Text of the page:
Many of the sections on this page will have emojis just below the heading. For more information about what they convey read the documentation page.
The Data Team uses these channels on Slack:
The Data Team's Google Calendar is the SSOT for meetings. It also includes relevant events in the data space. Anyone can add events to it. Many of the events on this calendar, including Monthly Key Reviews, do not require attendance and are FYI events. When creating an event for the entire Data Team, it might be helpful to check their working hours in Google Calendar and discuss out of working hour meetings ahead of scheduling. Please consider alternating who is meeting after working hours when such meetings are necessary.
The Data Team has the following recurring meetings:
Members of the data team use Geekbot for our daily standups.
These are posted in #data-daily.
When Geekbot asks, "What are you planning on working on today? Any blockers?" try answering with specific details, so that teammates can proactively unblock you.
Instead of "working on Salesforce stuff", consider "Adding Opportunity Owners for the
There is no pressure to respond to Geekbot as soon as it messages you.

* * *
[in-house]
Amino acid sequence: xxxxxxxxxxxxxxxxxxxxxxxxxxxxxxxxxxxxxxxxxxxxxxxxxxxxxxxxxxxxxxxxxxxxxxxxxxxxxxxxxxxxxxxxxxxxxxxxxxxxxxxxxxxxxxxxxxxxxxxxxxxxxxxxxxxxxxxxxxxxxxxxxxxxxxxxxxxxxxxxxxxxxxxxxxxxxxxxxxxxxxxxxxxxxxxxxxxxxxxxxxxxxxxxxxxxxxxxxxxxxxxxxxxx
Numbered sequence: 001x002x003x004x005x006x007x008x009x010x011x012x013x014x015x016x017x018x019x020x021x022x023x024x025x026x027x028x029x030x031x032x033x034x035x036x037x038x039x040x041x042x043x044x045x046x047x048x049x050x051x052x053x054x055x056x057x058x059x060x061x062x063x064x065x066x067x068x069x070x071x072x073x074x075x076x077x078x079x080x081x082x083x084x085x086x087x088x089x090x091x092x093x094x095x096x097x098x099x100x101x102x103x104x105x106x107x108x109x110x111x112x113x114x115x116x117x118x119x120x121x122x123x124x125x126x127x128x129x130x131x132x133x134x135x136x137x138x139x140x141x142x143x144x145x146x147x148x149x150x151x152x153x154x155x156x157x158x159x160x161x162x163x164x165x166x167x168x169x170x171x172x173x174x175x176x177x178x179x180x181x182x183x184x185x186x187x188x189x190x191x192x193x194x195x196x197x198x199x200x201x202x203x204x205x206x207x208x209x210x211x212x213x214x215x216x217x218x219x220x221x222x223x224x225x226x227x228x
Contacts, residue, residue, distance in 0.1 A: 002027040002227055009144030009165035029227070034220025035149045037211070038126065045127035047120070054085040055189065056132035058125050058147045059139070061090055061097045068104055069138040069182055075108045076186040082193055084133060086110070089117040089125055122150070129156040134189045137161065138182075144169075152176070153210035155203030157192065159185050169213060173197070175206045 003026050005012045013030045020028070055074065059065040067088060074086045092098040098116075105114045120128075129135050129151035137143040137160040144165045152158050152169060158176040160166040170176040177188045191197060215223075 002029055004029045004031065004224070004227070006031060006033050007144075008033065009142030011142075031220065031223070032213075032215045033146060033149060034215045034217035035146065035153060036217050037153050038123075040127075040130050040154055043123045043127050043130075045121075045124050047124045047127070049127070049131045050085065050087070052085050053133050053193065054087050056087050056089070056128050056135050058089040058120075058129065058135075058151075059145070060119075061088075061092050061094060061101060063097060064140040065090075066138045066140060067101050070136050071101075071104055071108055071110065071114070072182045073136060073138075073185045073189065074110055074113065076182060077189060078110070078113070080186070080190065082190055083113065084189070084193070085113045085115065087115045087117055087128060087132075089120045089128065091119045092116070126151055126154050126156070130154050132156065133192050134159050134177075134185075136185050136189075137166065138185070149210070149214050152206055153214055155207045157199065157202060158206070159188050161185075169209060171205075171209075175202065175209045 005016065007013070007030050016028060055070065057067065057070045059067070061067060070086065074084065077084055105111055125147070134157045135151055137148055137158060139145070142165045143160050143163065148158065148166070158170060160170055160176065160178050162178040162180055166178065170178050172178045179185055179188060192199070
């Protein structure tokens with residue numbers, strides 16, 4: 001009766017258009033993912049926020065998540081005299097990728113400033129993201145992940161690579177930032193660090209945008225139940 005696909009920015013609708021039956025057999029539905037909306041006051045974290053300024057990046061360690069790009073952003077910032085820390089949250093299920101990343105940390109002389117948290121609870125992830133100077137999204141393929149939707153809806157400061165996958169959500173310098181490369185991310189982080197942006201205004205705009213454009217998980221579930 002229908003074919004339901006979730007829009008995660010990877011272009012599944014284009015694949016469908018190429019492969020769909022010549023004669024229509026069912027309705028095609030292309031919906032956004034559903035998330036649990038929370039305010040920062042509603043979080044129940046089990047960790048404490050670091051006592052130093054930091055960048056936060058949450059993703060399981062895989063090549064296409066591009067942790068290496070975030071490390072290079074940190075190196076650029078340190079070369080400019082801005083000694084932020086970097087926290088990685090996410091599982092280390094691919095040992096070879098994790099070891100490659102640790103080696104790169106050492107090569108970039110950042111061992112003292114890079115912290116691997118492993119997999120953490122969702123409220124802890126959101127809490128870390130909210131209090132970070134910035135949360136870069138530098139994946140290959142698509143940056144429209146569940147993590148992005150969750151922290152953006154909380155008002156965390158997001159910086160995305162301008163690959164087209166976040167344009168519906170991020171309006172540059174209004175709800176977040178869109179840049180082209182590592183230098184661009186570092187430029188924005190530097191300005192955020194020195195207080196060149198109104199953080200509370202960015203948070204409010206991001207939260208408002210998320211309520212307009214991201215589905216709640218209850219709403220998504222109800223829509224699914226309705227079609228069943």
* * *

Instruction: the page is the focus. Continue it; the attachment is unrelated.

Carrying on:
Give responses to Geekbot that truly communicate to your team what you're working on that day, so that your team can help you understand if some priority has shifted or there is additional context you may need.
The team honors Meeting Tuesday. We aim to consolidate all of our meetings into Tuesday, since most team members identify more strongly with the Maker's Schedule over the Manager's Schedule.
The Data Team is a part of the Finance organization within GitLab, but we serve the entire company. We do this by maintaining a data warehouse where information from all business systems are stored and managed for analysis.
Our charter and goals are as follows:
The Data Team at GitLab is working to establish a world-class data analytics and engineering function by utilizing the tools of DevOps in combination with the core values of GitLab. We believe that data teams have much to learn from DevOps. We will work to model good software development best practices and integrate them into our data management and analytics.
A typical data team has members who fall along a spectrum of skills and focus. For now, the data function at GitLab has Data Engineers and Data Analysts; eventually, the team will include Data Scientists. Review the team organization section section to see the make up of the team.